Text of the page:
Implementing many of the most cutting-edge trends in contemporary indigenous studies, these seventeen original essays tackle indigenous identity, cultural perseverance, economic development, and urbanization in a wide array of American Indian and First Nations populations. The authors present and preserve indigenous voices and carefully consider native worldviews throughout the eighteenth, nineteenth, and twentieth centuries, and also address mainstream policies that influenced Native peoples in various eras and locales.
The essays range from the specificùsingle peoples living in well-defined spaces during discrete time periods, to the expansiveùbroad comparative and international discussions. Yet the volumeÆs diversity extends beyond its topical breadth. The contributors themselvesùmany of whom are Native Americans or members of other First Nationsùpeer through scholarly lenses polished in Canada, Denmark, Finland, England, Sweden, and the United States. The ensuing synthesis helps to clarify the modern complexities of analyzing indigenous pasts.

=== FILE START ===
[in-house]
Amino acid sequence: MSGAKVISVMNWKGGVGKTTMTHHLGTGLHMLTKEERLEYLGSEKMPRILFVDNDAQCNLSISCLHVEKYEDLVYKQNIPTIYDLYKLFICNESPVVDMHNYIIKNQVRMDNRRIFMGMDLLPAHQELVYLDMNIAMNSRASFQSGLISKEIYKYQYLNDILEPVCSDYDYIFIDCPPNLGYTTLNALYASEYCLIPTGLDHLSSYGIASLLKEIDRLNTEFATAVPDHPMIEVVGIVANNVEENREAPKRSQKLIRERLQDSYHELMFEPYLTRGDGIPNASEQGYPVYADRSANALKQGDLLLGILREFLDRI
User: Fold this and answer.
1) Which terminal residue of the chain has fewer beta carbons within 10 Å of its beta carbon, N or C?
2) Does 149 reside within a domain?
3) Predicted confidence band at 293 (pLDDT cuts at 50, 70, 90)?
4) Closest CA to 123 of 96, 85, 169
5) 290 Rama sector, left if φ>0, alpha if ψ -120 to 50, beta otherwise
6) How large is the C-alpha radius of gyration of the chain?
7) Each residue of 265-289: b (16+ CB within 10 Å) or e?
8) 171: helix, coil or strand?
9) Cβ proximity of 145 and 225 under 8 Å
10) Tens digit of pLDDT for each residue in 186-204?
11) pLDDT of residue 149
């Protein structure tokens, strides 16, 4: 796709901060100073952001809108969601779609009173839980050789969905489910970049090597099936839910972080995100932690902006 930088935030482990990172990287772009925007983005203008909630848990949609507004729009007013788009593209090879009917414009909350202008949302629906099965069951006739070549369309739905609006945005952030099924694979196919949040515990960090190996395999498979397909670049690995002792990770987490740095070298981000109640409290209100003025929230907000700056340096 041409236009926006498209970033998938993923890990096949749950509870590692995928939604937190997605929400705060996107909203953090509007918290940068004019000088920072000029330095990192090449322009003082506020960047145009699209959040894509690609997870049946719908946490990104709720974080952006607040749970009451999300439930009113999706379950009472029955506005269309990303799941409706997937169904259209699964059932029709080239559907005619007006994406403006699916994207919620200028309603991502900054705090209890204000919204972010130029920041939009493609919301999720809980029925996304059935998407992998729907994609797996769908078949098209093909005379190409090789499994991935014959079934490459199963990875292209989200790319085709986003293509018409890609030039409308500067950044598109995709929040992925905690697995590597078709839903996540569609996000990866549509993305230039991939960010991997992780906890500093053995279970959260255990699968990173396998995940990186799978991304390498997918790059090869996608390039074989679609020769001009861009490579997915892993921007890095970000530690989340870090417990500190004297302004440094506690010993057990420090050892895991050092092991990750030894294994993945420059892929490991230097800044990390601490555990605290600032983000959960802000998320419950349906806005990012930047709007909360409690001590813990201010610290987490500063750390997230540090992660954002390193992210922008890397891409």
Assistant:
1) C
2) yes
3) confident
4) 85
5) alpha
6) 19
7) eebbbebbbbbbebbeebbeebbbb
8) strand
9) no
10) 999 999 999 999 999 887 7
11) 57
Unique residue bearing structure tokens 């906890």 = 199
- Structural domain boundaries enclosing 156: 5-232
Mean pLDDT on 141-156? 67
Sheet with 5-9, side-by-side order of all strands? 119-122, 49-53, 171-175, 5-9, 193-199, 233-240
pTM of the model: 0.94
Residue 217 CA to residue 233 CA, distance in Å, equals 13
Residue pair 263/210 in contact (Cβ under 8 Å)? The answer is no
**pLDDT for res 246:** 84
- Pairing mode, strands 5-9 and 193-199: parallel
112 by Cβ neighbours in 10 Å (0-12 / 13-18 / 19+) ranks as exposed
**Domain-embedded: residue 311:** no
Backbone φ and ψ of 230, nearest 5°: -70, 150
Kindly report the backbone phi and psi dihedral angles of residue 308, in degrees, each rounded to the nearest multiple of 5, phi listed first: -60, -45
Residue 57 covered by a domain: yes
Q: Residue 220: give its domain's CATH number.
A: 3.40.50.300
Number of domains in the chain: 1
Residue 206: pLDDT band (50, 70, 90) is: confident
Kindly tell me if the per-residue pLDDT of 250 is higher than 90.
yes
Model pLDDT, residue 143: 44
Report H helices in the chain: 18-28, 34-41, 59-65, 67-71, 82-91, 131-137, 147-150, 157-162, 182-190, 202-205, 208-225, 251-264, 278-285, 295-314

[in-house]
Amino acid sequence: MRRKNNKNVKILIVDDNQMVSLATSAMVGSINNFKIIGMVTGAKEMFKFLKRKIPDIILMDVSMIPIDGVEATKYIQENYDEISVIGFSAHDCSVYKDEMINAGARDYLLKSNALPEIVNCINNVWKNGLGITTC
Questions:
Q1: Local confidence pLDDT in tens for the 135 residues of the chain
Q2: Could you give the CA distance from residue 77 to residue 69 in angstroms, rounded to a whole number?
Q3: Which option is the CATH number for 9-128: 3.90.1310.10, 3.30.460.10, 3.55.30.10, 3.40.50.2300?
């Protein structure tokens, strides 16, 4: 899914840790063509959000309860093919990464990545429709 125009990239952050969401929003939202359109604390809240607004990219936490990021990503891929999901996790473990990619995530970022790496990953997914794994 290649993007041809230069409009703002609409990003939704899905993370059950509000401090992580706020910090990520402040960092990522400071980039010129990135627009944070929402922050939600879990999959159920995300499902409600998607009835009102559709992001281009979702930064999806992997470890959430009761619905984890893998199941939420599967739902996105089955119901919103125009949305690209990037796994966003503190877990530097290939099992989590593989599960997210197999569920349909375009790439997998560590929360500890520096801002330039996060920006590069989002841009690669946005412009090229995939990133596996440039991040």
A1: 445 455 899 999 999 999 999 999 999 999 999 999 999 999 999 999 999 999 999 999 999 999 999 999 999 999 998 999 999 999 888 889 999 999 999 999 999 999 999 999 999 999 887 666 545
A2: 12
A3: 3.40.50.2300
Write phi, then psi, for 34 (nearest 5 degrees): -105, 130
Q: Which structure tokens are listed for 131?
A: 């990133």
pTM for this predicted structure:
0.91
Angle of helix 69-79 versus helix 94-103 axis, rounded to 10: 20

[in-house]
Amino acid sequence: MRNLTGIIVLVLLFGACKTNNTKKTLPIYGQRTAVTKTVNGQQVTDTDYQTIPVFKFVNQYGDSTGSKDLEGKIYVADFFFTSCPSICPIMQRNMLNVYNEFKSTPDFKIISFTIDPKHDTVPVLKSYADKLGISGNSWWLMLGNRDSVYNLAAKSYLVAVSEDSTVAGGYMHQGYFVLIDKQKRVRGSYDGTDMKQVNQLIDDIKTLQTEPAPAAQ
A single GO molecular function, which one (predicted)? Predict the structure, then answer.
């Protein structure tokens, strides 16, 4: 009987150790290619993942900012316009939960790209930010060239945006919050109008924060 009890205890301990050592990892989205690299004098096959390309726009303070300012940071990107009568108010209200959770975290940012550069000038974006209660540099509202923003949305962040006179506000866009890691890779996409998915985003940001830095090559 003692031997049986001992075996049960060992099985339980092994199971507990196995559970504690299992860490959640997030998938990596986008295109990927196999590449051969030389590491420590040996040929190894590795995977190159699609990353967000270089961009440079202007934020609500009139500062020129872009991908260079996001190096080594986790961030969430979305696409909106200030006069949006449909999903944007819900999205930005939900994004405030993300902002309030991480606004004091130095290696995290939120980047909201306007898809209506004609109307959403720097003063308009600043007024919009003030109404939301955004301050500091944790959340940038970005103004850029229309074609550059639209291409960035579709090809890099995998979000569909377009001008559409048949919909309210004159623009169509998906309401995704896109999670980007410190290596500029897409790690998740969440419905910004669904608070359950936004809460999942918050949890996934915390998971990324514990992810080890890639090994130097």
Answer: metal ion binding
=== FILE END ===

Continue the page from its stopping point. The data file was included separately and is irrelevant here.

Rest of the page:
ôIn this innovative work, scholars from around the world, working in an array of disciplines, re-examine issues vital to Indigenous North America. John Wunder and Kurt Kinbacher have done an admirable job of assembling a collection of writers who span the arc from established and well respected academics like Peter Iverson and Susan Miller to new and exciting thinkers like Miia Halme and Sami LakomΣki. Reconfigurations of Native North America is blazing a new path and expanding the ways in which we consider Indigenous issues in the 20th century.öùAkim D. Reinhardt, Towson University